PLN mentioned in article on federal prison labor program
Critics question manufacture of military products at Beaumont prison
Updated 12:00 pm, Monday, October 17, 2016
Almost six years after Beaumont's federal prison shut down a factory where inmates produced hundreds of thousands of defective combat helmets, about 300 prisoners are still employed at the low-security facility.
Now they make pants.
The switch from the manufacture of combat gear to soldiers' trousers is one of many changes prompted by the three-year helmet scandal, the alarming details of which were contained in a withering report released two months ago by the Office of Inspector General.
From 2006 to 2009, supervisors instructed inmates to use rotted Kevlar - a synthetic fiber designed for ballistic protection - then change serial numbers when helmets failed inspection and pass them through anyway, according to documents. Hatchets were used to remove paint from other helmets, according to the U.S. Department of Justice.
The U.S. military wound up paying $19 million for more than 126,000 unsafe helmets produced in Beaumont.
Among other changes adopted following the scandal:
- The Department of Defense now inspects all body armor at its remaining factories.
- Inspection results are uploaded monthly into a database, then audited regularly by an agency responsible for monitoring defense department contracts.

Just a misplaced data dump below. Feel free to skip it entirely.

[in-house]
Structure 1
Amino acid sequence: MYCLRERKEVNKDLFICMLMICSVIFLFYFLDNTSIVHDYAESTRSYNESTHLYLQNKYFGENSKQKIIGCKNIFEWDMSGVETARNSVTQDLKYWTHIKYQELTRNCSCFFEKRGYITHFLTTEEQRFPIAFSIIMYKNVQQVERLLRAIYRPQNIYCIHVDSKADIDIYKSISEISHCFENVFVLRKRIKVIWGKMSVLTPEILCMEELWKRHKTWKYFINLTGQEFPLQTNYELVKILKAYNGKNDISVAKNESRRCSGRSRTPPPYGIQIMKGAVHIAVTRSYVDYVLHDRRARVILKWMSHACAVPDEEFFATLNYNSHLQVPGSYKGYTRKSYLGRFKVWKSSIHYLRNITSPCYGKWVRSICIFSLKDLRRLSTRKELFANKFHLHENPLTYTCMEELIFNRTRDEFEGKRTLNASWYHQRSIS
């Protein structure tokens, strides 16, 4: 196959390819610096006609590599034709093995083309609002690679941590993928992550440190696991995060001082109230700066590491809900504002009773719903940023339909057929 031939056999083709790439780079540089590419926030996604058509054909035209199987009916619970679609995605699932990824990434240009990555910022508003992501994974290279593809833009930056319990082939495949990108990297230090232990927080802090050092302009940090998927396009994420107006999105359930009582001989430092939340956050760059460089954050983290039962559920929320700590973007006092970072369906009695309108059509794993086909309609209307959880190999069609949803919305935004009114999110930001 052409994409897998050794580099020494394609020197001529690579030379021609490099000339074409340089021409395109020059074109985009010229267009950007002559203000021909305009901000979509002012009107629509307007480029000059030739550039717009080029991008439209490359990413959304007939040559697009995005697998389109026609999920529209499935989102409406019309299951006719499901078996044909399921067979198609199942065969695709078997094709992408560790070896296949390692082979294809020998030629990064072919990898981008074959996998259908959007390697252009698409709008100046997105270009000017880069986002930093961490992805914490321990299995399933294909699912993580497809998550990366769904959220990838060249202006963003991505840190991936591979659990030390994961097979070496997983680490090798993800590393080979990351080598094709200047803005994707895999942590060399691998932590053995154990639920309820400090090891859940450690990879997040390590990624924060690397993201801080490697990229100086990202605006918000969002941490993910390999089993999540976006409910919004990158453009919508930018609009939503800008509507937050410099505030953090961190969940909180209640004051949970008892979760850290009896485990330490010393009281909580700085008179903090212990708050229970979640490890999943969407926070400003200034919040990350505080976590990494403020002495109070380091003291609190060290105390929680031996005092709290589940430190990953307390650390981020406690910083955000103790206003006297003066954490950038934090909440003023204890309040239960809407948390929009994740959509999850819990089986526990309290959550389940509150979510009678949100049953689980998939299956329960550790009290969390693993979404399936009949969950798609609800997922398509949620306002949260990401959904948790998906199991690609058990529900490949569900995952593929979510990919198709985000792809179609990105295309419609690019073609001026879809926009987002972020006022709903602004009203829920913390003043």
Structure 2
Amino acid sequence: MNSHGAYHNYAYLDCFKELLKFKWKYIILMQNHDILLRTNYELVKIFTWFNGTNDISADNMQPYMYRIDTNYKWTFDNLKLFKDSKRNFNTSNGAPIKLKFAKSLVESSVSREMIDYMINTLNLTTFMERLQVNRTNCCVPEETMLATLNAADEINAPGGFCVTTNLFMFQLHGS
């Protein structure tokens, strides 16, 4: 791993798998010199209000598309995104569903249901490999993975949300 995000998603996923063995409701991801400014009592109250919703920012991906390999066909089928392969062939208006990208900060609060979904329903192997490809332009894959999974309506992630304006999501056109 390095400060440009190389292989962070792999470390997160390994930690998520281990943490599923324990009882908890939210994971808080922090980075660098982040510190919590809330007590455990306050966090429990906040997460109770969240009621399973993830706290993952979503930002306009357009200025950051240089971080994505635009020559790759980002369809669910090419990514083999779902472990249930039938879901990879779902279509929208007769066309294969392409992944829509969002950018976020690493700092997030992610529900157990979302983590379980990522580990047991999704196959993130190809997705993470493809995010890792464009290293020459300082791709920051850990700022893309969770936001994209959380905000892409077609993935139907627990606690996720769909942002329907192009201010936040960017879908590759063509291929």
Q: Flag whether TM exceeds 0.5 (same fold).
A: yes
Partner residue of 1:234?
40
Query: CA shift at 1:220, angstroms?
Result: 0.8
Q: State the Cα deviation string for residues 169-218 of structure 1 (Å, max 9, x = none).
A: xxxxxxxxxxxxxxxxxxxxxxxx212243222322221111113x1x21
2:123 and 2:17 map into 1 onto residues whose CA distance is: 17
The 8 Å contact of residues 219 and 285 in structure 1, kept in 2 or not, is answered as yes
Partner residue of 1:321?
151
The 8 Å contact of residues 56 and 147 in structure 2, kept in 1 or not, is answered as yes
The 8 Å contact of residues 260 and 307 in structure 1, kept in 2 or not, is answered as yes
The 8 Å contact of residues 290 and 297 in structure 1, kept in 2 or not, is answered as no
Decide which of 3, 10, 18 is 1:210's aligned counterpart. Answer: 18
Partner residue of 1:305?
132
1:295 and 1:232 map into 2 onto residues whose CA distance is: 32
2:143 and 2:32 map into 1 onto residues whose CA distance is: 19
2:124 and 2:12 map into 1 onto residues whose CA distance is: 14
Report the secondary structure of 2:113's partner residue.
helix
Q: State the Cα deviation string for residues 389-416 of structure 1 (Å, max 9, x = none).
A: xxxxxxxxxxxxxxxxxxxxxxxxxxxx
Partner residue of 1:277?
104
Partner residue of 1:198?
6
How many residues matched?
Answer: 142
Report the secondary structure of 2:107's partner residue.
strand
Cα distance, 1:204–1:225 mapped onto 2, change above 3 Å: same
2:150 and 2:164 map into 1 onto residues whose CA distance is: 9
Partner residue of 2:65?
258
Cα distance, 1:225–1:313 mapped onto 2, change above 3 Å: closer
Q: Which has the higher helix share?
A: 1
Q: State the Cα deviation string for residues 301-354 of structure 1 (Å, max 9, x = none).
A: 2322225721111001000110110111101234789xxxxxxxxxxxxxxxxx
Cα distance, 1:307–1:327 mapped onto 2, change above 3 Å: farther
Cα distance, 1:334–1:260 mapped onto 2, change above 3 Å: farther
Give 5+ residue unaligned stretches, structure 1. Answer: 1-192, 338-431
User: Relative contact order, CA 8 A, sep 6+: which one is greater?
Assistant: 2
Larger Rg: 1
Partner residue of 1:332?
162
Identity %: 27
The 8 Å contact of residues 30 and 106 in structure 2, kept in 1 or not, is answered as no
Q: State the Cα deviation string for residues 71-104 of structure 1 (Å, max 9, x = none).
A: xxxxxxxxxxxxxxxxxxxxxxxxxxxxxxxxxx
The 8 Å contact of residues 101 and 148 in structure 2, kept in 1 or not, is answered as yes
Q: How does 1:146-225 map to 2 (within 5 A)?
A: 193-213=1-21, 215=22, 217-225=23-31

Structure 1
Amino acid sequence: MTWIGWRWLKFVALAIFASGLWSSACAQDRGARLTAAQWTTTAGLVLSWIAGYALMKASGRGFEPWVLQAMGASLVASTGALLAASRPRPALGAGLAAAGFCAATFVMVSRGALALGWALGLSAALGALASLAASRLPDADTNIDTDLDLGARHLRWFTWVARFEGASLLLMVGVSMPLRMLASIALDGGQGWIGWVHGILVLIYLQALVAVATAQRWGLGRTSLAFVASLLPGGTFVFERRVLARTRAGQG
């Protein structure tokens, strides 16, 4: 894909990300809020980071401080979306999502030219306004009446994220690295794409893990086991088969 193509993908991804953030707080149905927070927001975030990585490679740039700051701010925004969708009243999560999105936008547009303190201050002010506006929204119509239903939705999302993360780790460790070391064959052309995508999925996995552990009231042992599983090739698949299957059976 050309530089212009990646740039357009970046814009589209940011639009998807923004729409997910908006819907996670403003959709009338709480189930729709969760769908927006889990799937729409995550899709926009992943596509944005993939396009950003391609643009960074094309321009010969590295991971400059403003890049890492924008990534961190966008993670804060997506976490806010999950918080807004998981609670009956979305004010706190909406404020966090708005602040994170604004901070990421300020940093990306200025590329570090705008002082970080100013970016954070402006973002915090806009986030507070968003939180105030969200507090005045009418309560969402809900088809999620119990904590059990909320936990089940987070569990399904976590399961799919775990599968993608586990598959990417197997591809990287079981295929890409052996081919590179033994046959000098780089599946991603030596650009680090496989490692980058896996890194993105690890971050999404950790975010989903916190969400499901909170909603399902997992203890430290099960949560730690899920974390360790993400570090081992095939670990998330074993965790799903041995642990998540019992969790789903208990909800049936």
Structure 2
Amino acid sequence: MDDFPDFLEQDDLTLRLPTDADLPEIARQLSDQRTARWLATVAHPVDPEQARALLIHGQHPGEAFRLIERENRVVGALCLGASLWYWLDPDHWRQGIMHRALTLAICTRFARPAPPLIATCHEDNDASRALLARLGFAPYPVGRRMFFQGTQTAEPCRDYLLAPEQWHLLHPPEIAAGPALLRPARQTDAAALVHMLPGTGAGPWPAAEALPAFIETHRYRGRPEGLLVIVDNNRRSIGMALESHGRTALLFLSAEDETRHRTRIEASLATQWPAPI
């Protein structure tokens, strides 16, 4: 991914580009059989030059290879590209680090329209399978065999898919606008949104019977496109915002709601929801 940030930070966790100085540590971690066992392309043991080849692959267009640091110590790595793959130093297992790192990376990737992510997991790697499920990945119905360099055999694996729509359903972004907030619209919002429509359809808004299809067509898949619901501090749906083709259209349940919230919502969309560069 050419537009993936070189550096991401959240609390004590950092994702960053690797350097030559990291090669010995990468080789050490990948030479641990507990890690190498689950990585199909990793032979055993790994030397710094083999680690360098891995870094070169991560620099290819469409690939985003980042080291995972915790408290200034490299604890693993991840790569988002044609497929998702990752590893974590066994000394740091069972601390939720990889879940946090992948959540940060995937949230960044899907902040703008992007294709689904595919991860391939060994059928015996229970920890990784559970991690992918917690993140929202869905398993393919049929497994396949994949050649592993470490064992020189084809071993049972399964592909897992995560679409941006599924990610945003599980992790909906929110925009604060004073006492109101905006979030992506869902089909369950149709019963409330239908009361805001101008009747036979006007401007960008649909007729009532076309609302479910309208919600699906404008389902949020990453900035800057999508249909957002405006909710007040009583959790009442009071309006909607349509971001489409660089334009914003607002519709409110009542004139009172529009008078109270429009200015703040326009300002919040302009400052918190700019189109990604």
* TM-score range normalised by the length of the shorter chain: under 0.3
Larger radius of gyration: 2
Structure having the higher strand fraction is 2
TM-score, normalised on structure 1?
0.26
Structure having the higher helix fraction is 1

- Contractors' production and inspection processes are audited quarterly.
Despite the changes, inmates across the country still make military body armor under substandard working conditions with little training and no worker protections.
'Asking for trouble'
Considering the 10,965 inmates employed nationwide by Federal Prison Industries earn between 23 cents and $1.15 an hour, critics question whether they should be making sophisticated combat gear.
Concerns over qualifications aren't limited to inmates.
Malcolm Bales, recently retired U.S. Attorney for the Eastern District of Texas, says supervisors at prison factories often lack necessary training in manufacturing.
Prisons allow correctional officers to supervise inmate labor, which ranges from industrial work to housekeeping, mechanical and food services.
"They don't have any special industrial training on how manufacturing is supposed to be, how to problem-solve in tooling or retooling," Bales said.
Inmates here make pants.
Elsewhere, they make the military's bedsheets, towels, pillowcases and blankets, Long said.
But inmates in some facilities still make body armor, despite the known risks.
Bales said the Inspector General's report was remiss in not addressing the idea that certain items should not be made at prisons.
"That's problematic to me," Bales said. "One of the things I saw right away is that they can make uniform pants. They can assemble wiring harnesses. ..."
But, Bales said, "The whole idea of (prison labor) as a source for sophisticated military equipment is a pretty challenging thing. There's certain levels of sophistication for work prisoners can do and then after that you're asking for trouble. And the helmets were asking for trouble."
The Bureau of Prisons denied The Enterprise's request to tour Beaumont's low-security facility.